"An Accumulation of Anguish" is a Halloween monster tale where a trick-or-treater runs into not one, but two real monsters. It's a bit short, almost abrupt, but the twist at the end is worth it.

Not only did I enjoy the stories, I enjoyed how the stories flowed from mythological to sword and sorcery to sword and planet to technological future and then back to not-quite-present day. A nice trick of presentation that serves to set up the appetite for each story. For just as a reader's appetite for a particular type of fantasy is being sated, Cirsova provides something new when it would be most appreciated. Little touches like the organization and the pulpy fonts add to the presentation, especially in paper format.

But, as always, it comes down to the well-chosen stories. And, while Cirsova is a favorite of the Castalia House Blog, the magazine still doesn't get half the recognition it rightfully deserves.

The full list of Cirsova's Fall 2020 special includes:

“Melkart the Castaway” by Mark Mellon

“Its Own Reward” by Rob Francis

“The White Giant's Map” by Richard Rubin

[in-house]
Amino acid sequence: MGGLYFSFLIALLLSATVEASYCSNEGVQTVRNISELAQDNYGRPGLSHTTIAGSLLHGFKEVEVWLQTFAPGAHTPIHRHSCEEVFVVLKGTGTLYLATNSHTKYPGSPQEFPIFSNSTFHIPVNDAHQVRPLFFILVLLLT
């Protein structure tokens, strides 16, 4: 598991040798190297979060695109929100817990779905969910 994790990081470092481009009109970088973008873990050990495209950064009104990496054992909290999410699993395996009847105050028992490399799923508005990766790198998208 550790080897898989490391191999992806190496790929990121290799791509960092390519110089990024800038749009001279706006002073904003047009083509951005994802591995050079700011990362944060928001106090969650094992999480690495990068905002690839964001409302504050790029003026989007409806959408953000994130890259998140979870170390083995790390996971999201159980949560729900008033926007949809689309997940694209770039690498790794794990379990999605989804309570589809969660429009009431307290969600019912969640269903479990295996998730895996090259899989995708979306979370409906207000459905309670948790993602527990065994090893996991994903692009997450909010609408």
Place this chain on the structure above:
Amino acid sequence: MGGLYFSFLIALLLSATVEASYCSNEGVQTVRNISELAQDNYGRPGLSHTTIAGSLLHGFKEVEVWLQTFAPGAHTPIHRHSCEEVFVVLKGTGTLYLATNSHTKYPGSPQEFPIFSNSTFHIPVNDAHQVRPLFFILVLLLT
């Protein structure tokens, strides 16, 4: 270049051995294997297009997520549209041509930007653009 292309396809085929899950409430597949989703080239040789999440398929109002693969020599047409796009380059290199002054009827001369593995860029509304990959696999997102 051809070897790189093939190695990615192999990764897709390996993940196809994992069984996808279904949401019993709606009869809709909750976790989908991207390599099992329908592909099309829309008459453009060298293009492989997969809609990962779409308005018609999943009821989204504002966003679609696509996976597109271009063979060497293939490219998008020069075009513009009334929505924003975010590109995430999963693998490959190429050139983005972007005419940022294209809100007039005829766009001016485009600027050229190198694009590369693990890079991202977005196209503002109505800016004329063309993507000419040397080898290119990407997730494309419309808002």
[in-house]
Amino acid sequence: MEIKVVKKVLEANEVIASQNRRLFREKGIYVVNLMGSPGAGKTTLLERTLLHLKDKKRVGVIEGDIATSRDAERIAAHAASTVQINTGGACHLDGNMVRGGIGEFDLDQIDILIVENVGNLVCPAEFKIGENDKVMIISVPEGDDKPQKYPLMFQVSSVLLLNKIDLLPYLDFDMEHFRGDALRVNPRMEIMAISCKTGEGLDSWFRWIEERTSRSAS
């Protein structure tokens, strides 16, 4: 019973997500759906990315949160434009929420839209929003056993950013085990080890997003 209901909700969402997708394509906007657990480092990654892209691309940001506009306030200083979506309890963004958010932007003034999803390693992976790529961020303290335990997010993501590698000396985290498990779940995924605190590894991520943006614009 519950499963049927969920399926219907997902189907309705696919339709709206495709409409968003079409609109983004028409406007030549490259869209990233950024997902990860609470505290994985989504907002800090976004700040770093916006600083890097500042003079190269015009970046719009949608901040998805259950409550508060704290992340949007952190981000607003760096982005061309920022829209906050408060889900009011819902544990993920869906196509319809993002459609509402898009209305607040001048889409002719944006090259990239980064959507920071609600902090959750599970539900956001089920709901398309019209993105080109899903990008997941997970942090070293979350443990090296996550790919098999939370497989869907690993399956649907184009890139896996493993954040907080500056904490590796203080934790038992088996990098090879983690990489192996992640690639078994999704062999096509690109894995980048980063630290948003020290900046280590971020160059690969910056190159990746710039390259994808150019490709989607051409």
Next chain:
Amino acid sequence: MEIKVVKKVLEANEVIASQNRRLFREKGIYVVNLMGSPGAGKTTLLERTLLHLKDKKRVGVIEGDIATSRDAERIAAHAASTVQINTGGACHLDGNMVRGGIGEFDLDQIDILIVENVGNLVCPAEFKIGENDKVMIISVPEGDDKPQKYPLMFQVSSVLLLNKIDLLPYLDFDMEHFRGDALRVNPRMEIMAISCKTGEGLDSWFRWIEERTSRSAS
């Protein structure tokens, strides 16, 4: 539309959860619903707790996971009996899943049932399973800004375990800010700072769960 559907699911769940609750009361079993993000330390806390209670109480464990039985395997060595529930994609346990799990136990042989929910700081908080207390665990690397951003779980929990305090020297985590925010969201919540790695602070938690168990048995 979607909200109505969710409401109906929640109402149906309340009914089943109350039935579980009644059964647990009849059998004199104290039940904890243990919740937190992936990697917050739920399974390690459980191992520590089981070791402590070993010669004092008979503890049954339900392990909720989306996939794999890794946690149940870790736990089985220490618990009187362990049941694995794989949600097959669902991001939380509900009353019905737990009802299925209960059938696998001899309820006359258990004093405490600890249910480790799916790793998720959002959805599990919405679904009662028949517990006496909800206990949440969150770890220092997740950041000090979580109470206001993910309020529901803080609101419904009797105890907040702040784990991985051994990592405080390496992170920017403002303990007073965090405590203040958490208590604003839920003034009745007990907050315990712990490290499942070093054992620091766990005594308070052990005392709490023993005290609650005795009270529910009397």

“The Chamber of Worms” by Matthew X. Gomez

“After the House of the Laughing God” by Michael Ray

“The Way He Should Go” by Joshua M. Young

“Tilting the Wick” by J. Comer

“Slave or Die” by Benjamin Cooper

“He Who Rides on the Clouds” by Trevor R. Denning

“To Rest Among the Stars” by Su-Ra-U

“Ecliptical Musings” by Bill Suboski

“Not Any Earthly Shade of Color” by Danny Nicholas

“In the Bowels of the Theatre” by Matt Spencer

“An Accumulation of Anguish” by James Lam

“The Horror of the Hills” by Jude Reid

Monday, November 9, 2020

Melkart the Castaway

As the air chills and the leaves turn, and the lengthening shadows of Halloween creep across the fields, it is time again for the newest issue of Cirsova. Leading off the 2020 Fall Special is Mark Mellon’s “Melkart the Castaway”, a tale of wine-dark seas and of the men whom legend would turn into gods.